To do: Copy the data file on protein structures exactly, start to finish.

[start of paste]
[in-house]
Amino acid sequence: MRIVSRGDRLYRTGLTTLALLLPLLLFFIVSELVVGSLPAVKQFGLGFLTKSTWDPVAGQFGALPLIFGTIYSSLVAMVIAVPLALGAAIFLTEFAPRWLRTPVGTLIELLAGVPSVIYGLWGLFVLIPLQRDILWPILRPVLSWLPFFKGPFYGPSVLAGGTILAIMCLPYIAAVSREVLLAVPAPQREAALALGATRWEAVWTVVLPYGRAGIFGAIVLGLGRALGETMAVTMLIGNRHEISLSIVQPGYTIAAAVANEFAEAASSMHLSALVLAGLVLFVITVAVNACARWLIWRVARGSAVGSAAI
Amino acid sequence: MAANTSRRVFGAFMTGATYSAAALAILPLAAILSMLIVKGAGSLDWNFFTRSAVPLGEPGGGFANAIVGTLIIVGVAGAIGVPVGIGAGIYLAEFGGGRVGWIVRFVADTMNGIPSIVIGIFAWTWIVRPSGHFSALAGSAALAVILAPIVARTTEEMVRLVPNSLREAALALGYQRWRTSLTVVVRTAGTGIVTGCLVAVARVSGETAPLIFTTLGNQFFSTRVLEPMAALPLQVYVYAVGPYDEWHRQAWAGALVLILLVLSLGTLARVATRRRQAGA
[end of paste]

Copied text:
[in-house]
Amino acid sequence: MRIVSRGDRLYRTGLTTLALLLPLLLFFIVSELVVGSLPAVKQFGLGFLTKSTWDPVAGQFGALPLIFGTIYSSLVAMVIAVPLALGAAIFLTEFAPRWLRTPVGTLIELLAGVPSVIYGLWGLFVLIPLQRDILWPILRPVLSWLPFFKGPFYGPSVLAGGTILAIMCLPYIAAVSREVLLAVPAPQREAALALGATRWEAVWTVVLPYGRAGIFGAIVLGLGRALGETMAVTMLIGNRHEISLSIVQPGYTIAAAVANEFAEAASSMHLSALVLAGLVLFVITVAVNACARWLIWRVARGSAVGSAAI
Amino acid sequence: MAANTSRRVFGAFMTGATYSAAALAILPLAAILSMLIVKGAGSLDWNFFTRSAVPLGEPGGGFANAIVGTLIIVGVAGAIGVPVGIGAGIYLAEFGGGRVGWIVRFVADTMNGIPSIVIGIFAWTWIVRPSGHFSALAGSAALAVILAPIVARTTEEMVRLVPNSLREAALALGYQRWRTSLTVVVRTAGTGIVTGCLVAVARVSGETAPLIFTTLGNQFFSTRVLEPMAALPLQVYVYAVGPYDEWHRQAWAGALVLILLVLSLGTLARVATRRRQAGA